You may want to turn a large flywheel or large cylinder for something, but if you have only one or a few operations, you may be able to carefully plan out some ways to exceed the rated size of your lathe.  I've seen some pretty wild tricks to do that on the smaller lathes where the headstock is rotated 90 degrees from its regular orientation (pointing off the bench in that photo).  Be careful!  Take light cuts, and remember the adage of "measure twice cut once" should start with "think it through three times".  I think the important part of that trick is that a large flywheel doesn't need to be turned to the accuracy of a rifle chamber.  Always remember that a milling machine can do much of what a lathe can do, if you think of the cuts differently. 

For most of the rest of life, cutting screw threads on rods, fixing standoffs, turning most objects (how many tubes bigger than 6" do you work with, anyway?), and most repairs that you'll do in gunsmithing, the Sherline or any of the "7 or 8 by" lathes will do just fine. 

Another old saying in the world of tools is that "a horse can do the work of a pony, but a pony can't do the work of a horse".  If you have the room and money for a big tool room lathe, do it.  Take some classes in it, get any training you can.  Any machine that can cut steel isn't going be slowed down in the slightest taking off a finger.  But the most common mistake is to start a lathe with the chuck key in place (or Tommy bars in the case of the Sherline) and throw it at anything/anyone in line.  They can put a serious hurt on you. 


  1. Judy and I spent an enjoyable couple of hours at the Craftmanship Museum in Carlsbad. It is the pet project of the guy who owns Sherline, Joe Martin. There are some mind boggling exhibits, and the web site is worth a trip as well. I was sorely tempted by the Sherline, but I may hold out for one of the bigger minilathes that have power feed built in.

  2. When I worked for Hughes Aircraft, we had a watchmaker's lathe I used to turn reeeeealy tiny "stuff" for microwave/millimeter wave circuits.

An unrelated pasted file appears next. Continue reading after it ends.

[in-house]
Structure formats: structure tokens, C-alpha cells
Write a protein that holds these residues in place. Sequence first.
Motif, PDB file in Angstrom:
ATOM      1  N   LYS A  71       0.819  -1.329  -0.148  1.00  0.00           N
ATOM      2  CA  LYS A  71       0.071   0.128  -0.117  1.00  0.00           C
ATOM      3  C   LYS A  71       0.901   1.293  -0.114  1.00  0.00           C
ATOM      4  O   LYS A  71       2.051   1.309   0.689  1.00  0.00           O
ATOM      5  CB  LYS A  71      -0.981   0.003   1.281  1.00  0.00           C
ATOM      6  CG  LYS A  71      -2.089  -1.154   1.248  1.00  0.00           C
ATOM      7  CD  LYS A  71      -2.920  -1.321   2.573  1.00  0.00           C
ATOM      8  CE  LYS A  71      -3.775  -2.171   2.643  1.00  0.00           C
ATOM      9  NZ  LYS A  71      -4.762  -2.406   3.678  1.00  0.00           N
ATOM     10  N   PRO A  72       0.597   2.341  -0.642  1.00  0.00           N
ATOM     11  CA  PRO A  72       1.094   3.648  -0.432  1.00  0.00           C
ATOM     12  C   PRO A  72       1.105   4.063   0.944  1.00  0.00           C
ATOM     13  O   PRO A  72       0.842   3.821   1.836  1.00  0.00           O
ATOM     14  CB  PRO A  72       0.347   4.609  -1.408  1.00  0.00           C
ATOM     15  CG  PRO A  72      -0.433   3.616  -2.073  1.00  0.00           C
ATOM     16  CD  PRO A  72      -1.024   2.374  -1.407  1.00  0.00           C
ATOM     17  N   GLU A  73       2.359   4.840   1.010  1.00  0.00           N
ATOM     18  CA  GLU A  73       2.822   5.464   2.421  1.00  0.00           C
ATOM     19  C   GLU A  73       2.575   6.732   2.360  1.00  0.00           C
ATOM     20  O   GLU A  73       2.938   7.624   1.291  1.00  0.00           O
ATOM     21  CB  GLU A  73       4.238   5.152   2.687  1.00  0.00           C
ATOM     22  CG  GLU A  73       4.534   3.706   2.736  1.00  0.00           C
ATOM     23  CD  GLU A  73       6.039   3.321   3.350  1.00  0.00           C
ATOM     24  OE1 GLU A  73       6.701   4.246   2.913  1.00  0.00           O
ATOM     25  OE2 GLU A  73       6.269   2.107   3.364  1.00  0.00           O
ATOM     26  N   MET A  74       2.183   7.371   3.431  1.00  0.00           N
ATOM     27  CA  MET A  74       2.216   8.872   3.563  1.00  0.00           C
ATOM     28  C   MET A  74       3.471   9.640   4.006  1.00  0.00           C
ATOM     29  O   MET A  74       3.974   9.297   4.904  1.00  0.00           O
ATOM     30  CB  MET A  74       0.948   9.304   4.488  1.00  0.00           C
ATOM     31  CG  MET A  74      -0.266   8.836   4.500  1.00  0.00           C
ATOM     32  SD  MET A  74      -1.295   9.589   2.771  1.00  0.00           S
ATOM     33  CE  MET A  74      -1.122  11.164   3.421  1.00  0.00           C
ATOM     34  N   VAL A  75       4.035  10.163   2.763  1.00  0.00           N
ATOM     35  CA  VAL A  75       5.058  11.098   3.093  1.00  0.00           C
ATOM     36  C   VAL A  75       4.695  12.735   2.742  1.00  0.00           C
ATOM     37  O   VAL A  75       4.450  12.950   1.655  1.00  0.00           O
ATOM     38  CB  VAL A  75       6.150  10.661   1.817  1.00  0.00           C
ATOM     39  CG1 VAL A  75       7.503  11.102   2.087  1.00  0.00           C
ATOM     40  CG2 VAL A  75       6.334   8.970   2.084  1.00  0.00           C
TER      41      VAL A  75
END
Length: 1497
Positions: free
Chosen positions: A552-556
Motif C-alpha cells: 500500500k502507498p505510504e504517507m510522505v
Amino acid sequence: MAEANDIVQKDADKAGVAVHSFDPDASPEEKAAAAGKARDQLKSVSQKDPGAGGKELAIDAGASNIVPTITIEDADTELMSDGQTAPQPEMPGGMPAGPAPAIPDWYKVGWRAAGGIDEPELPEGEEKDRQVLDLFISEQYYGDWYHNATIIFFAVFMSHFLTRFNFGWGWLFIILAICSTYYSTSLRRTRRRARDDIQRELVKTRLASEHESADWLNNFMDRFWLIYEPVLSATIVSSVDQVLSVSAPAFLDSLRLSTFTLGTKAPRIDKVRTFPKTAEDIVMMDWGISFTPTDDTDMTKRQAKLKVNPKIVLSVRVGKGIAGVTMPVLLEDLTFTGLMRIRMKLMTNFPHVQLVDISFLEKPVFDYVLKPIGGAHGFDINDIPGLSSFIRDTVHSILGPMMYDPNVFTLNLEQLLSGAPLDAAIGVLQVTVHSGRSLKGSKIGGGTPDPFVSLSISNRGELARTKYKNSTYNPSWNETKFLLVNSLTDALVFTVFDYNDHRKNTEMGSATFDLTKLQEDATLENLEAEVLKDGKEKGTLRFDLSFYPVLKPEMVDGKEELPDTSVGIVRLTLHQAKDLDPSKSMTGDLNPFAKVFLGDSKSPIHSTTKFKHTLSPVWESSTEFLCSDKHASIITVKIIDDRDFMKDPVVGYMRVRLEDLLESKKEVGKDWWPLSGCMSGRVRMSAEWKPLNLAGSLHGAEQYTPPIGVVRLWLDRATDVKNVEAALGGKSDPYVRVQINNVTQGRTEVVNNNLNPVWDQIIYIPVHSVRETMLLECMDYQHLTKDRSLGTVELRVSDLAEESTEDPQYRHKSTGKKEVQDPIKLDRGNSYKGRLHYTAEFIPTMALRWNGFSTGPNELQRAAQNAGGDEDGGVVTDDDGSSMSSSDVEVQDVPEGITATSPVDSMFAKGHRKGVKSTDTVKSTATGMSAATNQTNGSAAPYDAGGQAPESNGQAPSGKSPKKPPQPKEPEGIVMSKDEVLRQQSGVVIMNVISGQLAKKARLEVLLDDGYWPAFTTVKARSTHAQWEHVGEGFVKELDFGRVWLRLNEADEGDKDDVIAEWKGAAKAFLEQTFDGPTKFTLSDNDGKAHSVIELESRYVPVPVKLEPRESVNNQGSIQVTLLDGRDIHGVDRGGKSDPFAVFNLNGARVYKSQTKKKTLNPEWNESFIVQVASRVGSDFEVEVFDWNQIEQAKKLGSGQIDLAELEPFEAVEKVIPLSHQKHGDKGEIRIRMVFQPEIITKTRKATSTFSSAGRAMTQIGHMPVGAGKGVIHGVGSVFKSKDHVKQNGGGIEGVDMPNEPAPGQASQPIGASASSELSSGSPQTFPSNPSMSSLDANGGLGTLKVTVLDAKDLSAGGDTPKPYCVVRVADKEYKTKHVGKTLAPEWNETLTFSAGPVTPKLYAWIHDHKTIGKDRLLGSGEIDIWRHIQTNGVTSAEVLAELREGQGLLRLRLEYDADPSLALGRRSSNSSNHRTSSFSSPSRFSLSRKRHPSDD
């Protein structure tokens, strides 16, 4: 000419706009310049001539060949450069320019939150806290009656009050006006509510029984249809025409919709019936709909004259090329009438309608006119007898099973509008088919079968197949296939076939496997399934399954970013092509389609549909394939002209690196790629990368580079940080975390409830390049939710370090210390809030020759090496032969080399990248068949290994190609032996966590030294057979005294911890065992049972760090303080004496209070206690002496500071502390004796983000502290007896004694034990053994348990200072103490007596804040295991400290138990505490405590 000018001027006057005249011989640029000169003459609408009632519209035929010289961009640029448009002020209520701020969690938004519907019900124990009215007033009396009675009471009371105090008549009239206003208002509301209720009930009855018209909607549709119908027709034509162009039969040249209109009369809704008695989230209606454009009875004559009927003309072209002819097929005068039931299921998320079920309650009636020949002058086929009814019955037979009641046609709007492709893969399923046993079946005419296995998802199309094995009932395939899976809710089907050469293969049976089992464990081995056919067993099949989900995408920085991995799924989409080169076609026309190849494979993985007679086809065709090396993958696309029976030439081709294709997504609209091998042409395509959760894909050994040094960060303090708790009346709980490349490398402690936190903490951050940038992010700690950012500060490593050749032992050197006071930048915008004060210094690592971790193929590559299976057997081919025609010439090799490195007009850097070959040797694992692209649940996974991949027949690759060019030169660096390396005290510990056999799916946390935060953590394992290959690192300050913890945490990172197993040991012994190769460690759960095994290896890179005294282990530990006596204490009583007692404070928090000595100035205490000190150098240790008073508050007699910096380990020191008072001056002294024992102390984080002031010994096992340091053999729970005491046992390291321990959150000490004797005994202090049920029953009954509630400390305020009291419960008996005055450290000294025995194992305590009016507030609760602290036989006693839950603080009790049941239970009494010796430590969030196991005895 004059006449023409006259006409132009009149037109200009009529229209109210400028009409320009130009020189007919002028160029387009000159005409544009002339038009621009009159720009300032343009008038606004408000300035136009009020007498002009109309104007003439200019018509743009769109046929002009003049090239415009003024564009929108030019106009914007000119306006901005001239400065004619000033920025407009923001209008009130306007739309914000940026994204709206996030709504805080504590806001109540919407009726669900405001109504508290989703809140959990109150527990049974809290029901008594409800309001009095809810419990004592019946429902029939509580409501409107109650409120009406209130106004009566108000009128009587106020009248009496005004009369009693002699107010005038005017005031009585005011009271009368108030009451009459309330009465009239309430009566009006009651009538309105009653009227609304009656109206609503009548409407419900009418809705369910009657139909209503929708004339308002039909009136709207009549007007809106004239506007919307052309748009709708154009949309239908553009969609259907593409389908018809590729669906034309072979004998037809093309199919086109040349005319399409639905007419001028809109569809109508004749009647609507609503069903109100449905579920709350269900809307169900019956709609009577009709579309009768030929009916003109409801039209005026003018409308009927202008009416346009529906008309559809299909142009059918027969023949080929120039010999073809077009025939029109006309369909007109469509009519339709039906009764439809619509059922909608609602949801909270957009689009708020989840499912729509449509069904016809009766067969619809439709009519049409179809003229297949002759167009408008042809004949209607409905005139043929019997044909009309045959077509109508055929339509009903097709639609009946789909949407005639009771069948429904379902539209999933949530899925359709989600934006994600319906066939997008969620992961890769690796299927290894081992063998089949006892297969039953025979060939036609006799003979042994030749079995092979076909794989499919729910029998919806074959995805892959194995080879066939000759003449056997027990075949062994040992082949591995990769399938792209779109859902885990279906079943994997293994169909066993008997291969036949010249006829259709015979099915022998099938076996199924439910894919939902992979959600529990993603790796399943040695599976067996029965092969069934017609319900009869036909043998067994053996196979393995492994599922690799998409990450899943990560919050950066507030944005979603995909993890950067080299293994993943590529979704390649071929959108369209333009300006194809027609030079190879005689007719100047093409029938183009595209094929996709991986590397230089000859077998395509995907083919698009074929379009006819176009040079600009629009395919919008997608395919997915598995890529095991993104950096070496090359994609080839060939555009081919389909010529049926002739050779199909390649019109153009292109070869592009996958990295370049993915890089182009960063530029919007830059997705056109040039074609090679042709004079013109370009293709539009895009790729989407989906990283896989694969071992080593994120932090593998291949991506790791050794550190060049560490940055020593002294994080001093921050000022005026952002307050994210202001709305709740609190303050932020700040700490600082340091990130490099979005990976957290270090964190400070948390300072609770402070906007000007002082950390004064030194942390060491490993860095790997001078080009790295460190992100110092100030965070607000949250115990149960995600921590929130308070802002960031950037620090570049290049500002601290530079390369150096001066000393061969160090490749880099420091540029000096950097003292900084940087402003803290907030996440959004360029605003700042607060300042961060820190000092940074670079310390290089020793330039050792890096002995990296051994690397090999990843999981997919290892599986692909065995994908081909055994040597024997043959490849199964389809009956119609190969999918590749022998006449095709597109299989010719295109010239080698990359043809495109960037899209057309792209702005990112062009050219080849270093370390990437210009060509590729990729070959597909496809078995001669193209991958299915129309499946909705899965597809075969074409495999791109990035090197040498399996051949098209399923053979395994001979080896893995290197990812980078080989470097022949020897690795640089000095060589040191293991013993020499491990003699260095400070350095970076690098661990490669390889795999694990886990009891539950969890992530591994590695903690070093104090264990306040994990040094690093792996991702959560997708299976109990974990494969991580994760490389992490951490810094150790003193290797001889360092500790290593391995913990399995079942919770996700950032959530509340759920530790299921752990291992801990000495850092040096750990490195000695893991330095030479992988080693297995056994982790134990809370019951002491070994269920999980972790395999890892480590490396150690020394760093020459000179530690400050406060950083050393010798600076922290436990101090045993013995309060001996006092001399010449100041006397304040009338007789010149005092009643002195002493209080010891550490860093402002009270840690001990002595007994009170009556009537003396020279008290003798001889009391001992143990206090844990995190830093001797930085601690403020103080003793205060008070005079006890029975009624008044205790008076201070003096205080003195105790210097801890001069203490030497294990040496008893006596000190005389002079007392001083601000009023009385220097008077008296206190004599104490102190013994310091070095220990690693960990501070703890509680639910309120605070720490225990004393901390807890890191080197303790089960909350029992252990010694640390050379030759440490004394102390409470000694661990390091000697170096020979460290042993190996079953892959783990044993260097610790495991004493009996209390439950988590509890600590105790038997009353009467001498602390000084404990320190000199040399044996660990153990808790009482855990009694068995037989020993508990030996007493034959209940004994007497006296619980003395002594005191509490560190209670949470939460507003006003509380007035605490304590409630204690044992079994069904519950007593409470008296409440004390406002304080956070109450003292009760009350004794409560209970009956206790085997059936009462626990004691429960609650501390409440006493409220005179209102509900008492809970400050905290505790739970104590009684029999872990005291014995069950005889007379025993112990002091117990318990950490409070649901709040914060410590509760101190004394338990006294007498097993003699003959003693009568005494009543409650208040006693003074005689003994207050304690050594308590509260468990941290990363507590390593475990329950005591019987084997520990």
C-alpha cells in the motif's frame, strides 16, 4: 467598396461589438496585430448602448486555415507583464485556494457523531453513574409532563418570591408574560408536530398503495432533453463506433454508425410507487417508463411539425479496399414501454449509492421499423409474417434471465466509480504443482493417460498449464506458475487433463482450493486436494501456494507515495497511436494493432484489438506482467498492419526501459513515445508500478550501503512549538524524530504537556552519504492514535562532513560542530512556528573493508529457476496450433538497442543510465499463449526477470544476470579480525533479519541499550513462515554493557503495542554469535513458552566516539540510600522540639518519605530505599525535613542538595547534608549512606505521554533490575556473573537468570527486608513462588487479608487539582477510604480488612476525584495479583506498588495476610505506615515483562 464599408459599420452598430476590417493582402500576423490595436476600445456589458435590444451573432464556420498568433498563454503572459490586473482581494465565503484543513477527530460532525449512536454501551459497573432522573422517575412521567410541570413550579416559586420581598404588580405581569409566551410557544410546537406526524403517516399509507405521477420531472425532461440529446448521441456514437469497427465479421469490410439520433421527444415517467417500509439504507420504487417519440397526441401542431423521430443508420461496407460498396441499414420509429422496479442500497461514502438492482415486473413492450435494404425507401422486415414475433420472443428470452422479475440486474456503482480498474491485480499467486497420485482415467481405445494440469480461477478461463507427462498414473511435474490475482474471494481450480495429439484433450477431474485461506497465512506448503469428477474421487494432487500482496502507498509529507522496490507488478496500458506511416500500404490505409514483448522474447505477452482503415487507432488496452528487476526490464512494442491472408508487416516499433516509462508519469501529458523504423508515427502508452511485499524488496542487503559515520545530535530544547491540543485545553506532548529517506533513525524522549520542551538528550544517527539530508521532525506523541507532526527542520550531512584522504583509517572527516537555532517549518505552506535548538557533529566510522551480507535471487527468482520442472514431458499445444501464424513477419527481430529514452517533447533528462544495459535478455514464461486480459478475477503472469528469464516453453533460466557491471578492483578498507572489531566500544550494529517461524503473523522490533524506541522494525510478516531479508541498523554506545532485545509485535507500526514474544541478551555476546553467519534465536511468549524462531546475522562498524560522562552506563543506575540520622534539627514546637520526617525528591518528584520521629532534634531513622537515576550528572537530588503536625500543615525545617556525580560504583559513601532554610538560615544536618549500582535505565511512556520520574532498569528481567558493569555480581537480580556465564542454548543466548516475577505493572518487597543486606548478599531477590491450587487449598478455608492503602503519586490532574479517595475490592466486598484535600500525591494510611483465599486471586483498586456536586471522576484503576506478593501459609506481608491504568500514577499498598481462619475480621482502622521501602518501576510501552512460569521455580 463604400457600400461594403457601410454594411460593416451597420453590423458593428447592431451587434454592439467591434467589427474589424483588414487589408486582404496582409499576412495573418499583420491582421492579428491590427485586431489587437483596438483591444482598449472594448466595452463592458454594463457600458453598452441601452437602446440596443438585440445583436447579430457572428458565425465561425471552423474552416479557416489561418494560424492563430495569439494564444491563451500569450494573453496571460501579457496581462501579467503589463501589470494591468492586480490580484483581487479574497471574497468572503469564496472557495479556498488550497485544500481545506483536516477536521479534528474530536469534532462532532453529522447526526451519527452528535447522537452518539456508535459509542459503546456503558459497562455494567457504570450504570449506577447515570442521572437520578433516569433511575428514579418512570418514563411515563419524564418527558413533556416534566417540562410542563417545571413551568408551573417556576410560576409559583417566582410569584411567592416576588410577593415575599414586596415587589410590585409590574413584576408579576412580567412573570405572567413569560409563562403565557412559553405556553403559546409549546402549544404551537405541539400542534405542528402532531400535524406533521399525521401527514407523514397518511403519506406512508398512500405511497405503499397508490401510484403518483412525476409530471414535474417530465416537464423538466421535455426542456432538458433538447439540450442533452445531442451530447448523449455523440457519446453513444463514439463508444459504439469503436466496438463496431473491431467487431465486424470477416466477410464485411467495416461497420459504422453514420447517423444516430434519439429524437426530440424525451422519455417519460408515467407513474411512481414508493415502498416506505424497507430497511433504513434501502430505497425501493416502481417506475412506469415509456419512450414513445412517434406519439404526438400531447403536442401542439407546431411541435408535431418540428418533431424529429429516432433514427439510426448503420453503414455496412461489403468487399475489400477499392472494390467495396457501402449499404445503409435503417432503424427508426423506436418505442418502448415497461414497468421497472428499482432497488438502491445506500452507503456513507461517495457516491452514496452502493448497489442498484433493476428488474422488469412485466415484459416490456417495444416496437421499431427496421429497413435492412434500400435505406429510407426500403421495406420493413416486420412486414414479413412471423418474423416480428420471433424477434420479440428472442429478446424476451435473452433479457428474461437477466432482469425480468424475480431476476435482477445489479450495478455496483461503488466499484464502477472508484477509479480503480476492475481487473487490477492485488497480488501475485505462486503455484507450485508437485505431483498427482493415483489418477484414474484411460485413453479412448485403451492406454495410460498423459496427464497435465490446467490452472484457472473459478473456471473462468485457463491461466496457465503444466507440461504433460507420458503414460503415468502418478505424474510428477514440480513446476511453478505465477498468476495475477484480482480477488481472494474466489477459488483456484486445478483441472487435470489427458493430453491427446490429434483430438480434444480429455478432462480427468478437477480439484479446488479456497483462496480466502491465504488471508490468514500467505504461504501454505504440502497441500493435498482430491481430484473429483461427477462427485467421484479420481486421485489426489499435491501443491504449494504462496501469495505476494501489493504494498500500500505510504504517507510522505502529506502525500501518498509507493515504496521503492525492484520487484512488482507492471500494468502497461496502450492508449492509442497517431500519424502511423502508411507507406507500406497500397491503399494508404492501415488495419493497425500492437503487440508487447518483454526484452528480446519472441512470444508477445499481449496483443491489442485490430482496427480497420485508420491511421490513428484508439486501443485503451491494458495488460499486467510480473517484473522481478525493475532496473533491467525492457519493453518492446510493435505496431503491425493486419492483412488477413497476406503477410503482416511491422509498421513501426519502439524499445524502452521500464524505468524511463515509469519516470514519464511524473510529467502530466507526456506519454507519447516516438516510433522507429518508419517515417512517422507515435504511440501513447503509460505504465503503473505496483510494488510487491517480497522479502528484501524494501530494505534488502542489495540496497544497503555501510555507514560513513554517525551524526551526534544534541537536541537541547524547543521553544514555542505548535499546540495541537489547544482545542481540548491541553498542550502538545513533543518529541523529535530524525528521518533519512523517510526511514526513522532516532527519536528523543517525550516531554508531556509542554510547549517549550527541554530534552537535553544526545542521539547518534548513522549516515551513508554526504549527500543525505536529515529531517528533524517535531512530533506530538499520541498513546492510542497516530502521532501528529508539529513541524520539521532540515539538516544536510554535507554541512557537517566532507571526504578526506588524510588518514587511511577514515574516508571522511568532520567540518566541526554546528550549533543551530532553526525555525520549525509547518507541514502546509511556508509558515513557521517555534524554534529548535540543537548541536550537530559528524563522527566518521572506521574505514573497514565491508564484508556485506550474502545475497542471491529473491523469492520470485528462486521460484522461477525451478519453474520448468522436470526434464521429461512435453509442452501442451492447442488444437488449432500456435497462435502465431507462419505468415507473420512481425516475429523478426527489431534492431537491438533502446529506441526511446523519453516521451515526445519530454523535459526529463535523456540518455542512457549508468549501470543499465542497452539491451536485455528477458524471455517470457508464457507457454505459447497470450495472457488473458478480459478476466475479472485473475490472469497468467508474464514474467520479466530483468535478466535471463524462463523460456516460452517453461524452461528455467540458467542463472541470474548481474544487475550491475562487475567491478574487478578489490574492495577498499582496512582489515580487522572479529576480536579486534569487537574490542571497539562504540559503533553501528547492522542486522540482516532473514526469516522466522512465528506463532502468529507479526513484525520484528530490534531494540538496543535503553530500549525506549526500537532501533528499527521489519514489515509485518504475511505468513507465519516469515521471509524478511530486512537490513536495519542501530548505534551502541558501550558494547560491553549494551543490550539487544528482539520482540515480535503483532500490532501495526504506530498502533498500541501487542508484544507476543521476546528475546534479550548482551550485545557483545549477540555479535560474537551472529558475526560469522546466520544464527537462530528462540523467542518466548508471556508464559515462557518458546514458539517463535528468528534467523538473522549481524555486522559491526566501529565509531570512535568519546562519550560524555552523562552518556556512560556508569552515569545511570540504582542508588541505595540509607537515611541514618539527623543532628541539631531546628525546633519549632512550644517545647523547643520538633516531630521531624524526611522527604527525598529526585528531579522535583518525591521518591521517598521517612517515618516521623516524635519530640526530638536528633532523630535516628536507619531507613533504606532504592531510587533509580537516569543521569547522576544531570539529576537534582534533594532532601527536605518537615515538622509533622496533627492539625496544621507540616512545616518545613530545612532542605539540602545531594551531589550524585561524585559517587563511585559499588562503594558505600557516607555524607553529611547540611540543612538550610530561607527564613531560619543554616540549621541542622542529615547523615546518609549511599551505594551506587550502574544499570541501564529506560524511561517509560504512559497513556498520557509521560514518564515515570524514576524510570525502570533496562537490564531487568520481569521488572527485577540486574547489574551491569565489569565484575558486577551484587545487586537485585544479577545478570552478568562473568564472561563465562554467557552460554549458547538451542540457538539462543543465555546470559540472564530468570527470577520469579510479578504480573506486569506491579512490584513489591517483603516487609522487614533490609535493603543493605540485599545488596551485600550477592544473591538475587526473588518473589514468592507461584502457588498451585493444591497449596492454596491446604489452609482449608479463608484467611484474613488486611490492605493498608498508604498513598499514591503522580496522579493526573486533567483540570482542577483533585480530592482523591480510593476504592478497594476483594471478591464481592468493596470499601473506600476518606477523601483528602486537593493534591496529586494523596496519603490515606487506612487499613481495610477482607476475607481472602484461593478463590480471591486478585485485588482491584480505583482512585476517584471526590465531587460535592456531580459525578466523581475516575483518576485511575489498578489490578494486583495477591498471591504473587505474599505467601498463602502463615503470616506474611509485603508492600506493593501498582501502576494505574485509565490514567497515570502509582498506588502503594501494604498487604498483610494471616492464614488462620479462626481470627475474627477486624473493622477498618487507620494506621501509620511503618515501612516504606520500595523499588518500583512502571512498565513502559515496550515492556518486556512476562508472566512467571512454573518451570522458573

I could take a tenth of a mil off something without struggling, as long as the cutter was properly ground!

    I've seen way too many budding machinists gripe that their ;athe or mill wasn't any good, and it wasn't the machine tool that was bad, it was their cutter.

    Grinding the right angles and back rake into a tool blank is an art unto itself.....

  3. Lurker here... wild guess on the plate. Is it for grinding a large telescope lens or mirror?

  4. Anon 1811 - you got it. 16" diameter tool for a 16 or larger telescope mirror. For the curious.

  5. In the wonderful world of tiny machines, I recently purchased a Taig micro lathe. Not affiliated, just enjoy it. I bought it for turning pistons and cylinders for model steam engines, and she's a beaut. Reasonable price, good features list, made in the good ol' USA. My only complaint is that the carriage handwheel is not marked, I'll have to do that myself.

    I bought a milling attachment for it as well, with 80% lowers specifically in mind. . It mounts to the carriage, and you hold the tools in the spindle with collets. I figure if people can complete 80% lowers with a drill press, I sure can on this.

    My main gig is machining components for the F35 JSF on a 9-axis millturn center... but damn if a baby lathe isn't just fun as all get out at home.

  6. Andrew S - thanks for mentioning Taig. I really should have. High quality, good out of the box, and American made, as you say.

    I'm sure you'll be able to get the lower hogged out with that setup, just not as fast as you could at work.

  7. You can't just tease us with the mirror grinding tool and not do a post. Dobsonian?
    I have an 8" Meade.